Quality VR headsets can be seriously demanding though, with some packing so many pixels and such a fast refresh rate that you’d need a beastly gaming PC to run them. Fortunately, there’s a bit of something for everyone. Some more affordable models can run on modest hardware, and there are even a few that offer a compelling VR experience without needing a separate machine to run them. We’ve rounded up our top picks of the bunch so you can find a quality VR headset that’ll offer the life-like gaming experience you’re looking for.
These are the Best VR Headsets:
1. Oculus Quest 2
Best VR Headset
There’s a new VR champ on the block, and its the Oculus Quest 2 (read our review). This new headset upgrades just about every aspect of the original Oculus Quest that had previously held our top spot. The new Quest 2 has a sharper resolution with 1,832 x 1,920 pixels per eye, and it can run its display at up to 90Hz for a smoother VR experience.
The internals get a power upgrade as well with the new Snapdragon XR2,w which can dramatically out-perform the Snapdragon 835 chip that had been featured in the Oculus Quest. All of this makes for a capable headset that runs entirely independently from a PC while still being lighter than its predecessor. But, where the extra horsepower is needed, the Oculus Quest 2 can also connect to a PC over Oculus Link and run it like a connected VR headset. The fact that the Oculus Quest 2 is only $300 ($100 cheaper than the original Quest) makes it the most compelling option to the market.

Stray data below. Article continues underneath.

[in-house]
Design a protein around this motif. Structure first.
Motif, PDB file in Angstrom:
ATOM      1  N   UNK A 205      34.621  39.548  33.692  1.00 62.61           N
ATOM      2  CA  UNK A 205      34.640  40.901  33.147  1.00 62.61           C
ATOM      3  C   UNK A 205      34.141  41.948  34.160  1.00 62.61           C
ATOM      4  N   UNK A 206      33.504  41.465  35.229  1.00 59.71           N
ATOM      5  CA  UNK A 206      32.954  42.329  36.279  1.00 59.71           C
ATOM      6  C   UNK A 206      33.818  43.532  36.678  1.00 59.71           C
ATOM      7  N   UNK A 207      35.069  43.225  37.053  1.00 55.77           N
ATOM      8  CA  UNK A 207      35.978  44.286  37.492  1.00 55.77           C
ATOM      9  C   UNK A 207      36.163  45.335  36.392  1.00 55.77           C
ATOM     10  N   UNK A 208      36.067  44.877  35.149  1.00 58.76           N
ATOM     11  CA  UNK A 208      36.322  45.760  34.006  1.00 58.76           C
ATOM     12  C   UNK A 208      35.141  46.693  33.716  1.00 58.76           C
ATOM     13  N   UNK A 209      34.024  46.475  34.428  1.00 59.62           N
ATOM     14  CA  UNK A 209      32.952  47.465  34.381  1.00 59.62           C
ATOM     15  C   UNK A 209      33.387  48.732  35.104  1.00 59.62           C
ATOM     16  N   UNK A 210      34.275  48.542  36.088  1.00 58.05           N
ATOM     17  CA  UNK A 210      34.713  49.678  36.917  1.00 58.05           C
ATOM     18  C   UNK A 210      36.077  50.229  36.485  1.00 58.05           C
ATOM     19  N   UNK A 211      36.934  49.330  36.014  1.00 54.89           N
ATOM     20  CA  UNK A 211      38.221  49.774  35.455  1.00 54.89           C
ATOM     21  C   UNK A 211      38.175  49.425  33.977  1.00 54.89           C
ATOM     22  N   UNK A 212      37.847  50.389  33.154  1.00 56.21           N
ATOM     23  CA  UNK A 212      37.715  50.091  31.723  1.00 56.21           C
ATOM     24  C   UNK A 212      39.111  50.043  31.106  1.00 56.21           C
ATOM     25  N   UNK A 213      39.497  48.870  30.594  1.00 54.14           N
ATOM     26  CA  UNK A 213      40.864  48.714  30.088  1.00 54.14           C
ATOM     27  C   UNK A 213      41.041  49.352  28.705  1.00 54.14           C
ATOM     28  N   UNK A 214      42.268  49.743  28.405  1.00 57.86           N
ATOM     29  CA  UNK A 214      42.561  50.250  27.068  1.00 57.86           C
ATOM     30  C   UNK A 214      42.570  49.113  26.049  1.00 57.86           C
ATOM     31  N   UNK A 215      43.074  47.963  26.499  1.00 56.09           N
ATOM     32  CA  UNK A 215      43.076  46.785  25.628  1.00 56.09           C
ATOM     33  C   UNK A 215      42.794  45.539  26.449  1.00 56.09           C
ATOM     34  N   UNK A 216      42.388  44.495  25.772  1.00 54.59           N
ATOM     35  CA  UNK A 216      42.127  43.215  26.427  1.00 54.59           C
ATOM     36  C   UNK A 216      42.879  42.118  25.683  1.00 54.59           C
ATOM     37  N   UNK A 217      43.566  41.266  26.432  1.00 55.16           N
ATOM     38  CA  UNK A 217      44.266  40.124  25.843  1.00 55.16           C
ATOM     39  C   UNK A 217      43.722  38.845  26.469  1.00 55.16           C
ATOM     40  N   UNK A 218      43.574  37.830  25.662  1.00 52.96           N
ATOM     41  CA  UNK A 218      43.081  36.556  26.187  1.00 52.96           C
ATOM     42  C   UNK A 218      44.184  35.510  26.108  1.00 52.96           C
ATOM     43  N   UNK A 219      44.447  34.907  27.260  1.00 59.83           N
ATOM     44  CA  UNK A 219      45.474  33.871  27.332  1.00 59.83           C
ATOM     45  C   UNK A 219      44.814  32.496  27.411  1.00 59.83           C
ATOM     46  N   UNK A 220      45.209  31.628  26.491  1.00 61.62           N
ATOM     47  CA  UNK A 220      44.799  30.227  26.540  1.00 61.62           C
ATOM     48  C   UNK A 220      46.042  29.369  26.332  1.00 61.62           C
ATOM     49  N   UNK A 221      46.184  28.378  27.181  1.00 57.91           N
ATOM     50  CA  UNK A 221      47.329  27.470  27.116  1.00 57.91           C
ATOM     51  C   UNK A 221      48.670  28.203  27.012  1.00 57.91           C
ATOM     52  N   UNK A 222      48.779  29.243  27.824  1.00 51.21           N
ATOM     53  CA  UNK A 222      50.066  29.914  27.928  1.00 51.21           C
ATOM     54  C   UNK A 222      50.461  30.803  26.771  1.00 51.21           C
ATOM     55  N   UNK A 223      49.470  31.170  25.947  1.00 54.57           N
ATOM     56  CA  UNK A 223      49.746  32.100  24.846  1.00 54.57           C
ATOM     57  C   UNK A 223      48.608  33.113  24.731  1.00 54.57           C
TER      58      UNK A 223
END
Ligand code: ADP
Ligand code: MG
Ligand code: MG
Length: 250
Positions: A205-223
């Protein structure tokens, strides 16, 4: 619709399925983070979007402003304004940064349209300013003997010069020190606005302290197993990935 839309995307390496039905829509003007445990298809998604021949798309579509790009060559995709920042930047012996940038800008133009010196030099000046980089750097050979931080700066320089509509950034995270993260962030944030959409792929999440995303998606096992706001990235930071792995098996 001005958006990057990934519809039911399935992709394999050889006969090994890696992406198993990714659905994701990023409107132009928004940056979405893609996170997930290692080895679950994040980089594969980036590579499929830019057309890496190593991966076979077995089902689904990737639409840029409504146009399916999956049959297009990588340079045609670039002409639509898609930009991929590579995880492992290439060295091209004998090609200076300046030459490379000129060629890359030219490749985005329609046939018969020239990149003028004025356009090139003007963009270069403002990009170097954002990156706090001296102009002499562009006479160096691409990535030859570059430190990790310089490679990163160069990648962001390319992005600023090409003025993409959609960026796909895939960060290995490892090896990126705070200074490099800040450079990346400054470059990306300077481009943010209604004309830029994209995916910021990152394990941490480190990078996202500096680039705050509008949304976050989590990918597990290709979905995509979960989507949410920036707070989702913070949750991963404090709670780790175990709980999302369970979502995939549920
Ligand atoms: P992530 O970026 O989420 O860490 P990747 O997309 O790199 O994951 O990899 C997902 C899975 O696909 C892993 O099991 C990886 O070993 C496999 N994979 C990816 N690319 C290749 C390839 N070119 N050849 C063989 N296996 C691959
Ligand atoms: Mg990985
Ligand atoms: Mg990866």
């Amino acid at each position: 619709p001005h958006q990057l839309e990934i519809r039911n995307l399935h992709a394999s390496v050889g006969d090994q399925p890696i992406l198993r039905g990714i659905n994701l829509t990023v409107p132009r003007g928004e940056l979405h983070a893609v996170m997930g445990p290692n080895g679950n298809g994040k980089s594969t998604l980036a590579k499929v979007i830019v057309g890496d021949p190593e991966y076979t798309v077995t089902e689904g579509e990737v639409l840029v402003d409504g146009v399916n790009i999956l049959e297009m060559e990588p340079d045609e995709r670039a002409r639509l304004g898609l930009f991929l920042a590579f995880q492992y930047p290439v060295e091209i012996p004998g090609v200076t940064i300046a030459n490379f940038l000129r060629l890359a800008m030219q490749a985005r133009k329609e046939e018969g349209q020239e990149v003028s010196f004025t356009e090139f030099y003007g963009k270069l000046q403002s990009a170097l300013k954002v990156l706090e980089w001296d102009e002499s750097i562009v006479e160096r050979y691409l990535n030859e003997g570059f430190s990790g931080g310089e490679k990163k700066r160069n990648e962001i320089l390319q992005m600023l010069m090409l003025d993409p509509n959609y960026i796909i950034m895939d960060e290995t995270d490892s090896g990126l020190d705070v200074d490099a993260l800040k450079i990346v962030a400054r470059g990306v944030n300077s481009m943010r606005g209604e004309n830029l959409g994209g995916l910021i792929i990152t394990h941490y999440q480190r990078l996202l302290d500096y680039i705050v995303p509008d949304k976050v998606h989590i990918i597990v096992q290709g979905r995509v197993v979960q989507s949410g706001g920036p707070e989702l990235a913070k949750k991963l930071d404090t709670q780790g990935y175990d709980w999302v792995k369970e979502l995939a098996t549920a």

2. PlayStation VR
Best VR Headset for Console Players
Virtual reality has gotten more accessible than ever, particularly for PC gamers, but console gamers aren’t left out in the cold of normal reality. The PlayStation VR (read our review) gives PS4 owners a way to dive deeper into games than ever. The PSVR is a somewhat humble system, not boasting the highest resolution displays and not going for wild, room-scale tracking. But, while it may lack those extreme features, it makes up for it with quality experiences. Many of the best VR games have come out on PSVR.
The PSVR has a 960 x 1,080 per-eye resolution but does offer a 120Hz refresh rate to keep experiences smooth. And, a 100-degree field of view is sufficient for immersion. The headset itself is one piece of the puzzle, as there’s also a separate camera and motion controllers that can unlock even more immersive gameplay. And, even though the PSVR was built for the PS4 and PS4 Pro, Sony ensured it’ll also run on the PS5. There’s even a free adapter available for the PlayStation Camera, showing a commendable commitment by Sony to continue supporting its VR headset.